The affection that documentarian Judy Irving feels for a wild flock of
parrots and for Mark Bittner, the man who dedicates his time and
understanding to its feeding and care, is apparent in her film. So much so,
that even when the essential story is told in colorful and fascinating
detail, she goes on with filler and repetition until it achieves feature
length. By then, the subject, unique as it is, is quite exhausted. But,
that's what's given it a crack at festival recognition and a commercial
Commercially, arthouse patrons will surely enjoy the film's telling of man
intersecting with nature -- one who is dedicated to the care and feeding of
red and blue topped parrots native to South America who have formed a flock
and have been partially living off Bittner's seed-filled palms. He has
formed a bond of attachment to his opportunistic avian following and enjoys
recounting his experiences and aims.
He tells of his general failure at the string of careers he's pursued:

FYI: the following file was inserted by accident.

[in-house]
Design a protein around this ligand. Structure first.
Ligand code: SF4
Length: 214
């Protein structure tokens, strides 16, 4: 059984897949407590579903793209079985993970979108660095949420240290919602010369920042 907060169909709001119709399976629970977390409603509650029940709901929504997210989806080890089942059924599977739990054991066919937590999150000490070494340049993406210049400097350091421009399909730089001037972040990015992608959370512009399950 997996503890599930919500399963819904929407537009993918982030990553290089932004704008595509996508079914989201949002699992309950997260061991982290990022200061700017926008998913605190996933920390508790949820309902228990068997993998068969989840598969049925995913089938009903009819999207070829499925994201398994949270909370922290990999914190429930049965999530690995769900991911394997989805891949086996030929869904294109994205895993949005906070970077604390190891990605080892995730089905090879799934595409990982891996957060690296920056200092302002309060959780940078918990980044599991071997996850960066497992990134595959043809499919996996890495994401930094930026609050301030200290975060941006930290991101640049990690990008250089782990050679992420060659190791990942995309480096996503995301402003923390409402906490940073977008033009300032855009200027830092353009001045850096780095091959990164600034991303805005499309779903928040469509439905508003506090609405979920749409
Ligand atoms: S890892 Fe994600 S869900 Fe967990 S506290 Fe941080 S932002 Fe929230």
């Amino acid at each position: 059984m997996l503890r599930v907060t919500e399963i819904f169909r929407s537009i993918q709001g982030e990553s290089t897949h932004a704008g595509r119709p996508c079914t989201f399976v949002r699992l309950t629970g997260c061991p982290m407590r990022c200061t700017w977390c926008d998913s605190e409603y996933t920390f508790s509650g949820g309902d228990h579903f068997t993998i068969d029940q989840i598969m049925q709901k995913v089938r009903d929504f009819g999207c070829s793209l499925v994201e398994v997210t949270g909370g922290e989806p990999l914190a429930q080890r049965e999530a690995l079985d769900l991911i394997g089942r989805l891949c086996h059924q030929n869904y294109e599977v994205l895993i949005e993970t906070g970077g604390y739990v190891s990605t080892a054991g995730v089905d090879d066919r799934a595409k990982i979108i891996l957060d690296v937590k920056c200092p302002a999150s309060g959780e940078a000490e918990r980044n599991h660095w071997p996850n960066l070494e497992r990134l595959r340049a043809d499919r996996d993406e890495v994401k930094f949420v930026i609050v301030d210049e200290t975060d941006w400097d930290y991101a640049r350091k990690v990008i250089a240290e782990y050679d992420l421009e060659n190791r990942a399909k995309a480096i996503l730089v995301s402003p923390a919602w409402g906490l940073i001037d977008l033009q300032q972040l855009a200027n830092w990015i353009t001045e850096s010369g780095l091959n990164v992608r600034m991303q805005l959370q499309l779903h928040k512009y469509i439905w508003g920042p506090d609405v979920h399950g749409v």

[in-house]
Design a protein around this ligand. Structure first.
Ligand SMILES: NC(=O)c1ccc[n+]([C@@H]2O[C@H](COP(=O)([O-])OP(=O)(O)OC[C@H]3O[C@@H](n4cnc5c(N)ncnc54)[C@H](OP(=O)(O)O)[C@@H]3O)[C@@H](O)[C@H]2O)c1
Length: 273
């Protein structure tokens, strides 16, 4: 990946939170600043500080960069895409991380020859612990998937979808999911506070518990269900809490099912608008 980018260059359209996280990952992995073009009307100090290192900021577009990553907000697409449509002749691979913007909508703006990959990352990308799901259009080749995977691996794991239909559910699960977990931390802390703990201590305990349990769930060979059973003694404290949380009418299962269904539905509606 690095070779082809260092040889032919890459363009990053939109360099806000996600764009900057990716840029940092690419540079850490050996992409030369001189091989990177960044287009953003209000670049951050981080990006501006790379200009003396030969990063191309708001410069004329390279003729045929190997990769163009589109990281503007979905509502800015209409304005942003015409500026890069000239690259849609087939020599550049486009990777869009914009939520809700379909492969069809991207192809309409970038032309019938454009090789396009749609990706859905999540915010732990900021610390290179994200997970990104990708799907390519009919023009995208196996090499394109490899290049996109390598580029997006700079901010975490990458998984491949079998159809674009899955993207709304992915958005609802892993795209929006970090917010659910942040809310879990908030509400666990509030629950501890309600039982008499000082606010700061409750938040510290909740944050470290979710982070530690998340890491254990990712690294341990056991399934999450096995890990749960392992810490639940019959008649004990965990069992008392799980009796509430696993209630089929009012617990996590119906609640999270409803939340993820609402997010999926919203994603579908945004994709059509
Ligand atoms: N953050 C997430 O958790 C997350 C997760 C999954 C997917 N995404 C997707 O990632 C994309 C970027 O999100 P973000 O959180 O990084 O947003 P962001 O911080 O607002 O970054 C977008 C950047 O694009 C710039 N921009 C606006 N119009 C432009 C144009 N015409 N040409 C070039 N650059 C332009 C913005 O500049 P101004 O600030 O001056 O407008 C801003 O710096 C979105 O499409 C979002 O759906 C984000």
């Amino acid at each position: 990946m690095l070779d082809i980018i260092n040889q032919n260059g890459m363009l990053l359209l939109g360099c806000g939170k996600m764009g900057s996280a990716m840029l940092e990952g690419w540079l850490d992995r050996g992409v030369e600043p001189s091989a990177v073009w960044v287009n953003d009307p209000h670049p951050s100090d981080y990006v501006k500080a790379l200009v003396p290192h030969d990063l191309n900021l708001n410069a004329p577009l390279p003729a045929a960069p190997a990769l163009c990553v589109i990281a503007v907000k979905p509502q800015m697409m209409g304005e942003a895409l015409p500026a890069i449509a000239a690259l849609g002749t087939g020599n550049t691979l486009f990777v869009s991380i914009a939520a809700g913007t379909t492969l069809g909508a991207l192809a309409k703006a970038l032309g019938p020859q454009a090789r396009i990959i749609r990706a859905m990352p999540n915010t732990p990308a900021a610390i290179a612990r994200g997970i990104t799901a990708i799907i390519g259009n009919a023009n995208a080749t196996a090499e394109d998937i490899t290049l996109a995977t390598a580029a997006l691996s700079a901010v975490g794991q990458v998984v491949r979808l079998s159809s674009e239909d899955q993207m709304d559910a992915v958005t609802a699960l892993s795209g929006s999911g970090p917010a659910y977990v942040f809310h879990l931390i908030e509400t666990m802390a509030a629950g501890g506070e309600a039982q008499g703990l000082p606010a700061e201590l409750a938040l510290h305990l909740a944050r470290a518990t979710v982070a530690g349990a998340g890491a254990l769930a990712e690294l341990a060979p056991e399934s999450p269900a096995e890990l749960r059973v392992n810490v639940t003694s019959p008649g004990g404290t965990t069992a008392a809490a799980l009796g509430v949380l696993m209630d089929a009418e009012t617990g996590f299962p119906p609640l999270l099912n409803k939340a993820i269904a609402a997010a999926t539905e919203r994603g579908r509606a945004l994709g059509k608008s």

writer, poet, singer, songwriter, street musician. Finding plenty of time on
his hands due to lack of success and, perhaps, some limitation of talent and
discipline, the wild birds came to his attention during a housecleaning gig
on Russian Hill. His interest developed into an outlet and a temporary
career as a naturalist without science portfolio.
Nature-loving, pet hugger patrons will lovingly sit through every detail of
his singular relationship to birds, those he's kept as house pets, the
injured ones he's brought in only for temporary care, and the 45 or so wild
ones he's named and identifies by unique markings and personalities. He
claims to know every one as individuals.
Besides much actual footage of his feeding forays, sometimes drawing a crowd
of questioners, filmmaker Irving widens the study with interviews of everyone
involved, like the well-off couple who have been bird-feeder Bittner's
enablers by allowing him to live in their bungalow on Telegraph Hill in San
Francisco rent free, and allowing him the time to write articles about the
flock and write a book, " The Wild Parrots of Telegraph Hill: A Love Story... with
The audience that will thrill to the subject may well be upset at real estate
reality which eventually brings such good things to an end -- but not before
the formation and opportunistic survival of a wild flock far from their
natural habitat can be explored and appreciated.
Bird lovers should lobby for this in a double feature with Jacques Perrin's
"Winged Migration," an exquisite bird adventure of larger geographical
scope and visual inspiration.
~~ Jules Brenner